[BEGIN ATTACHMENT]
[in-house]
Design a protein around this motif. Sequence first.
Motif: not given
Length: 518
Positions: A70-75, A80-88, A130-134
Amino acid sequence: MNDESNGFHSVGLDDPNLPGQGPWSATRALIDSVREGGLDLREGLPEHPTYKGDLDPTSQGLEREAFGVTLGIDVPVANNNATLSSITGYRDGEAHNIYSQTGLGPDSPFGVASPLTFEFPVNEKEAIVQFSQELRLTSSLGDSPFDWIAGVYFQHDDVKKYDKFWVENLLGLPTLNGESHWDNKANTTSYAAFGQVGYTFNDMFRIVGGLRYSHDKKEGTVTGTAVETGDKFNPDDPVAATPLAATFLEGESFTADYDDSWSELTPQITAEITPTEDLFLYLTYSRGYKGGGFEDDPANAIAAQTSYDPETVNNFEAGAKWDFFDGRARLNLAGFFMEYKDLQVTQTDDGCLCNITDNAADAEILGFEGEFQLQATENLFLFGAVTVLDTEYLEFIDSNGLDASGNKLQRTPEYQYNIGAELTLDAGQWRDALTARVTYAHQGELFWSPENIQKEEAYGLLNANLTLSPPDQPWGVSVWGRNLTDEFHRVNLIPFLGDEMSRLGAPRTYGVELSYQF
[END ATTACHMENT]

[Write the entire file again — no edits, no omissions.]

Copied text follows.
[in-house]
Design a protein around this motif. Sequence first.
Motif: not given
Length: 518
Positions: A70-75, A80-88, A130-134
Amino acid sequence: MNDESNGFHSVGLDDPNLPGQGPWSATRALIDSVREGGLDLREGLPEHPTYKGDLDPTSQGLEREAFGVTLGIDVPVANNNATLSSITGYRDGEAHNIYSQTGLGPDSPFGVASPLTFEFPVNEKEAIVQFSQELRLTSSLGDSPFDWIAGVYFQHDDVKKYDKFWVENLLGLPTLNGESHWDNKANTTSYAAFGQVGYTFNDMFRIVGGLRYSHDKKEGTVTGTAVETGDKFNPDDPVAATPLAATFLEGESFTADYDDSWSELTPQITAEITPTEDLFLYLTYSRGYKGGGFEDDPANAIAAQTSYDPETVNNFEAGAKWDFFDGRARLNLAGFFMEYKDLQVTQTDDGCLCNITDNAADAEILGFEGEFQLQATENLFLFGAVTVLDTEYLEFIDSNGLDASGNKLQRTPEYQYNIGAELTLDAGQWRDALTARVTYAHQGELFWSPENIQKEEAYGLLNANLTLSPPDQPWGVSVWGRNLTDEFHRVNLIPFLGDEMSRLGAPRTYGVELSYQF